Welcome to the latest installment of the BayBlog Question of the Week! Each week, we take a question submitted on the Chesapeake Bay Program website or a frequently asked question and answer it here for all to read.
This week’s question comes from Peg: “We have a second home on a creek in Virginia. While there last week, I noticed an unusual quality in the water. The water appeared unusually murky and quiet and there was a large ribbon of a reddish brown color, very distinct, stretching through our cove. Contrary to normal situations there was a period of time where there were no fish noticeably jumping or swimming and no birds fishing. Could this have been some sort of red tide or algae bloom and what does that mean as far as water quality?”
Each spring and summer in the Chesapeake Bay region, low-oxygen “dead zones” and harmful algae blooms appear in various parts of the Bay and its creeks and rivers. The size and severity of algae blooms and dead zones in the Bay depend on the amount of water that flows into the Bay. That water brings excess nutrients and sediment from the land. Combined with high temperatures, the excess pollutants can fuel the growth of algae blooms and cause the water to become clouded and discolored.
The water condition Peg may have observed is called a mahogany tide, which can cause the water to appear reddish brown. Mahogany tides may also deplete the water of oxygen, which may be why Peg did not see fish in the water as she normally does. Algae blooms make conditions difficult for much of the aquatic life in the Chesapeake Bay.
Algae blooms can be very detrimental to the health of the Bay. Some are considered harmful algae blooms (HABs) and can be toxic to aquatic life such as fish, oysters and crabs. They can also cause skin irritation or other sickness to people who come into contact with them.
Even if algae blooms aren’t toxic, they can still be harmful to the Bay. When algae blooms get dense enough, they block sunlight from reaching bay grasses growing at the bottom of the Bay. Of course, bay grasses are vital to the Bay's health, so when fewer bay grasses grow, the cycle of poor Bay health continues. When algae blooms die they create more problems, as the decomposition process sucks up most of the oxygen that fish, oysters and crabs needs to survive.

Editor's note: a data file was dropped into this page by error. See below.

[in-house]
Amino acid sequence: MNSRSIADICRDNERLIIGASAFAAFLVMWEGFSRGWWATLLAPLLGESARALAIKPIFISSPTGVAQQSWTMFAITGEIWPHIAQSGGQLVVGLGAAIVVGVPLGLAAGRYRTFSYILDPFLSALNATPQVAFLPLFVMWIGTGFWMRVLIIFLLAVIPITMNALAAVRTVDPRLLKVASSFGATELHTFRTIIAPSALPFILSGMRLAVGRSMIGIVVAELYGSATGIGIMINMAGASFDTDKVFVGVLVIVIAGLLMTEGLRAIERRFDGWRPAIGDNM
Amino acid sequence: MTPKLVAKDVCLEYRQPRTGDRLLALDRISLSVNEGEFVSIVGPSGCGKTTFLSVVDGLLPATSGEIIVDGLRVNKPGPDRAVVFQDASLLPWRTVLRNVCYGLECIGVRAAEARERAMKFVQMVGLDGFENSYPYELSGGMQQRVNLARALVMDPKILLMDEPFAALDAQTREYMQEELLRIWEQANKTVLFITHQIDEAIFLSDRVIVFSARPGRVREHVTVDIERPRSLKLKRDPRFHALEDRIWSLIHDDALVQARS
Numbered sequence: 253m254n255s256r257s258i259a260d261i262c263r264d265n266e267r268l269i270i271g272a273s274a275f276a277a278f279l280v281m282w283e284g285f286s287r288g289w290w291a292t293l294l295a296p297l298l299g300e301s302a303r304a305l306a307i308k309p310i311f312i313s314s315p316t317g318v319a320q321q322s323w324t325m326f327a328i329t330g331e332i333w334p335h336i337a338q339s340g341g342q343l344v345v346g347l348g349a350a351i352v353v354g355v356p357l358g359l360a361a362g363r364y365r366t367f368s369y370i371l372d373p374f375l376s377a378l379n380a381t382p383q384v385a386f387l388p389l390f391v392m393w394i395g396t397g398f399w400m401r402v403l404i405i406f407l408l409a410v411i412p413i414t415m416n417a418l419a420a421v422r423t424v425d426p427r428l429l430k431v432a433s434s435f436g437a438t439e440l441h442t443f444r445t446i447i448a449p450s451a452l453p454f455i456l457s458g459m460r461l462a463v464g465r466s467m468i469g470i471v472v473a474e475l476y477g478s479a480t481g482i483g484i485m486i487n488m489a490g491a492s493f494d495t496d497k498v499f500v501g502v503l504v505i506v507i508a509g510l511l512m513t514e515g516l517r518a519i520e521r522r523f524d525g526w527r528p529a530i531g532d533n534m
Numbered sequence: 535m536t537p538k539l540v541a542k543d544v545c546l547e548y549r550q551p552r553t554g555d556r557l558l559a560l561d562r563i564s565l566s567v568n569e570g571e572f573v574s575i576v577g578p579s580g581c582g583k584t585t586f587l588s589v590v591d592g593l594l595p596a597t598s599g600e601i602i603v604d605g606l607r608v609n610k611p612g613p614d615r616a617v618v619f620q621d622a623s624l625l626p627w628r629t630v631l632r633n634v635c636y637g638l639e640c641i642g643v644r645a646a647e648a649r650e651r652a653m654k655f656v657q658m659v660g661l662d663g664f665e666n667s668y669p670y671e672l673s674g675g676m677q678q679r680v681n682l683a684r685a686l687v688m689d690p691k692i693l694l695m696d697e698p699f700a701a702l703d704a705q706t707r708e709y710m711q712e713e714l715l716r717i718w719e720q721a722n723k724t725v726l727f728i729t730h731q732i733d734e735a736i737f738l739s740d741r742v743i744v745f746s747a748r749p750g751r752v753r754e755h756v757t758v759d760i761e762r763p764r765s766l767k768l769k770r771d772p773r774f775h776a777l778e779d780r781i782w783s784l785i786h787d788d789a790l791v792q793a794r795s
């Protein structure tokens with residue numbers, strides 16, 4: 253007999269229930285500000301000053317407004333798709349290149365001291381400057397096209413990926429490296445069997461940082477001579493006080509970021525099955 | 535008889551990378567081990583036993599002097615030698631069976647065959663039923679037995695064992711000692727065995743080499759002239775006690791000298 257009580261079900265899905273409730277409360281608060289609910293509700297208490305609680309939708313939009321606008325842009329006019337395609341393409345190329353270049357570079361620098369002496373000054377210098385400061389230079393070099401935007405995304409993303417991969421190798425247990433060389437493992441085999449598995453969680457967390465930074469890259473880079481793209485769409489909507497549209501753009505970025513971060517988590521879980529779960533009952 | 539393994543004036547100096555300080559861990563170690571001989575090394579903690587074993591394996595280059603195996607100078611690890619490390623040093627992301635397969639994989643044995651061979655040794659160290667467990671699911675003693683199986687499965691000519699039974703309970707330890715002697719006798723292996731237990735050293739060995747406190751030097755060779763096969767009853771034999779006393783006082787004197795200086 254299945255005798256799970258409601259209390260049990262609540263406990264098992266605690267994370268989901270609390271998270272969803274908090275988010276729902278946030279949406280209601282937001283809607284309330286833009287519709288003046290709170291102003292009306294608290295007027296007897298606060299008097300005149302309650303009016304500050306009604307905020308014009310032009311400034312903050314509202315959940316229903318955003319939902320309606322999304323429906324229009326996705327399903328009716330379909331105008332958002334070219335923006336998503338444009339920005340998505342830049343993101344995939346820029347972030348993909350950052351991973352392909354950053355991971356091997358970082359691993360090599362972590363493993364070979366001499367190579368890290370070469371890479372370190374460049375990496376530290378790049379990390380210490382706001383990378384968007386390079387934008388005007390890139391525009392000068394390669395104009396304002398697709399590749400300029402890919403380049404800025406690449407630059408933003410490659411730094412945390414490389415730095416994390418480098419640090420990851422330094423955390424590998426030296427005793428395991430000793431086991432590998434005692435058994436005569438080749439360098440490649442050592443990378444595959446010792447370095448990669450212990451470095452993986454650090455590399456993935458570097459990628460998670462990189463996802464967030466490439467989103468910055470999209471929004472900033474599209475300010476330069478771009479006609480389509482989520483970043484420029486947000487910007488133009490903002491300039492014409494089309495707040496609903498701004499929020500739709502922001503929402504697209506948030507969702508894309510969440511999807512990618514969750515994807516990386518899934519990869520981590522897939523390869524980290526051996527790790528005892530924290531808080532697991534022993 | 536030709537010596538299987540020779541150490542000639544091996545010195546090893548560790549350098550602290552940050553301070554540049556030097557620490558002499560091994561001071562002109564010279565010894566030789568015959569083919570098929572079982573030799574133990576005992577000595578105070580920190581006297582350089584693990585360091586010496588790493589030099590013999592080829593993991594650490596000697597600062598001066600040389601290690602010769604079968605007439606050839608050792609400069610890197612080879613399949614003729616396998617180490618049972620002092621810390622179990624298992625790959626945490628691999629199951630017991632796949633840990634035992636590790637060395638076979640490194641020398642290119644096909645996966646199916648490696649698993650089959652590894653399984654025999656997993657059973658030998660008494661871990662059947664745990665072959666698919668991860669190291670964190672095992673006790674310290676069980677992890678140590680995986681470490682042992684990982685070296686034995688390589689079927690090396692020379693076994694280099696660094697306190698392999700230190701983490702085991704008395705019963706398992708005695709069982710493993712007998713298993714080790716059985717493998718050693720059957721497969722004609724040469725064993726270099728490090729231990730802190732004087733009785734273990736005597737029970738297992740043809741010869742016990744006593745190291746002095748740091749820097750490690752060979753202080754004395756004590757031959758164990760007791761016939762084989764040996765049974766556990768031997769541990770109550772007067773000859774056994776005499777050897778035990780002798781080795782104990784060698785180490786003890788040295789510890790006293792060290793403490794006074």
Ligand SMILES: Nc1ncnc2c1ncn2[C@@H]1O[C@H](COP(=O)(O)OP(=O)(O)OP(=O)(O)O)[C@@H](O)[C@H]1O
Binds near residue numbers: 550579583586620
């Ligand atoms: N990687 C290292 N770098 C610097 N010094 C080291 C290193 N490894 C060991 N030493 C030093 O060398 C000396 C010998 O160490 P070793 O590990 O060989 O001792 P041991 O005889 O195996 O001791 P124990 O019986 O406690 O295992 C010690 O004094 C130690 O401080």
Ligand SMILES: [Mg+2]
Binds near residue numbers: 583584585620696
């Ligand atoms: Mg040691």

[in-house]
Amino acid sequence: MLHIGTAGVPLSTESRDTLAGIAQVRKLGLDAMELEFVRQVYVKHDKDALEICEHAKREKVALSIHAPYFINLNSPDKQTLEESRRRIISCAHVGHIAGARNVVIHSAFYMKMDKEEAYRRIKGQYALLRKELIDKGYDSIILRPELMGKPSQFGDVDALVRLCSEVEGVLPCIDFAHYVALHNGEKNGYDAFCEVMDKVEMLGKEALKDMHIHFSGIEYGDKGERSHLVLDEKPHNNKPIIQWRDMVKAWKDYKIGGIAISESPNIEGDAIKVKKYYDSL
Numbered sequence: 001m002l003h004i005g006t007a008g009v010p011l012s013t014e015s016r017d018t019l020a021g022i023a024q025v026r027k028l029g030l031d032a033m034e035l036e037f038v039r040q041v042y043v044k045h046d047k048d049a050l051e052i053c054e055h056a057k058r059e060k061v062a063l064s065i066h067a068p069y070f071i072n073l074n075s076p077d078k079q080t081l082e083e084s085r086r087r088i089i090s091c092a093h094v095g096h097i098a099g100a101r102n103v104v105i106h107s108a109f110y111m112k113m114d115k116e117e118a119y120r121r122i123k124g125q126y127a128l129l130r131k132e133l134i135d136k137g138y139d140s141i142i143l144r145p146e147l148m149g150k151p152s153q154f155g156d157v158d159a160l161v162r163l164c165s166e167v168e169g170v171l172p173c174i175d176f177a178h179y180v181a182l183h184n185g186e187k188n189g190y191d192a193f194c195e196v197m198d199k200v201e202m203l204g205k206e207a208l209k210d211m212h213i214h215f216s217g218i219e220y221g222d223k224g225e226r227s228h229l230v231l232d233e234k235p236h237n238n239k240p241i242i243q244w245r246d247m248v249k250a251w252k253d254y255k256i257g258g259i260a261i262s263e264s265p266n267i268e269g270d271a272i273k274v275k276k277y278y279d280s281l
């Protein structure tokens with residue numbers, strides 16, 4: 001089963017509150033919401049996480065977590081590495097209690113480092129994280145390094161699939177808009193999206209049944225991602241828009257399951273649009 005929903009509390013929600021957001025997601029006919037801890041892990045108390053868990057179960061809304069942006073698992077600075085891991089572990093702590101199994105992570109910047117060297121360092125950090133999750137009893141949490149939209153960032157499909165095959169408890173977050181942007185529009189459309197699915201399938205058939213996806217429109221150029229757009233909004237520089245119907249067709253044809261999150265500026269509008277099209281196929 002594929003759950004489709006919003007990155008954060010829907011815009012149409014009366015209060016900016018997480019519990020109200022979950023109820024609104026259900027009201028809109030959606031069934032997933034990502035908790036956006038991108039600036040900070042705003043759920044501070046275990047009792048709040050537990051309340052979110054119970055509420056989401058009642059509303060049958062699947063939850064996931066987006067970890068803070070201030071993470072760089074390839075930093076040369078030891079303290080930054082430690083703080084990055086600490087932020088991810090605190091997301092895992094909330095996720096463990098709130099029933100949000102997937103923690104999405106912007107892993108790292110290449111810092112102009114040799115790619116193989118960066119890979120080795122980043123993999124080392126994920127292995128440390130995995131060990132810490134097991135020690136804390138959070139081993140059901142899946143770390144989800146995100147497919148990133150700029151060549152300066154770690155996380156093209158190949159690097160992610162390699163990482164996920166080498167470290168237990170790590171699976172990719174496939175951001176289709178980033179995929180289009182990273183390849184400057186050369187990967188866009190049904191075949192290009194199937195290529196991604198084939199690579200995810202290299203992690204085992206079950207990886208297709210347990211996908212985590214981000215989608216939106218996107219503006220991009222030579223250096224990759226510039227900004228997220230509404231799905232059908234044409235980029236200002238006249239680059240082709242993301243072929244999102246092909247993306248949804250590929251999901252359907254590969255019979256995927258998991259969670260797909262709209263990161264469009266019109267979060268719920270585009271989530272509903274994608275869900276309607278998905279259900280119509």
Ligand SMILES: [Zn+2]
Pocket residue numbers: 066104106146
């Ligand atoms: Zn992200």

Since algae blooms are fueled by excess nutrients, you can do your part to help prevent algae blooms in your local waterway by taking small steps to decrease polluted runoff. Small steps such as not fertilizing your lawn, picking up your pet's waste and planting more trees in your yard can make a difference.
Do you have a question about the Chesapeake Bay? Ask us and we might choose your question for the next Question of the Week! You can also ask us a question via Twitter by sending a reply to @chesbayprogram! Be sure to follow us there for all the latest in Bay news and events
Algae are a vital component of the Bay's ecosystem—these free-floating plants make up the base of the food chain. Their size ranges from tiny microscopic cells floating in the water column (phytoplankton) to large mats of visible "macroalgae" that grow on bottom sediments. Algae behave much like land plants, soaking up the sun's rays to produce energy while converting carbon dioxide to oxygen during photosynthesis.
However, when algae populations explode to unusually high numbers they create what are called harmful algae blooms (HABs), which can:
In addition, certain algae can also produce harmful chemicals that are toxic to humans, wildlife and aquatic life. Fortunately, of the more than 700 species of algae in Chesapeake Bay , less than 2 percent of them are believed to have the ability to produce toxic substances.
HABs are primarily fueled by excess nutrients (nitrogen and phosphorous) in area waterways, which come from agriculture, air deposition, septic systems and sewage treatment plants, and runoff from lawns, gardens and paved surfaces.
While phytoplankton form the base of the food chain, the amount of nutrients now entering the Bay is overwhelming the system. Oysters and other filter feeders can't consume all the phytoplankton in the water. Unconsumed phytoplankton sink to the bottom of the Bay and are decomposed by bacteria in a process that depletes the water of oxygen. Decomposing phytoplankton, combined with high summer water temperatures, can cause large swaths of the deepest parts of the Bay's mainstem to have little or no oxygen to support fish, crabs and other marine life.
Residents of the Bay watershed can help give the Bay's crabs, fish and other species some relief from HABs by taking simple actions to reduce nutrient pollution, including driving less, upgrading septic systems, picking up pet waste and reducing the use of lawn fertilizers.
Bay Program partners actively monitor the region's waterways for HABs, so that if one occurs the public can be notified to protect human health. Citizens are also asked to keep a watchful eye out for possible HABs and are urged to report suspected HABs to their respective state environmental agency: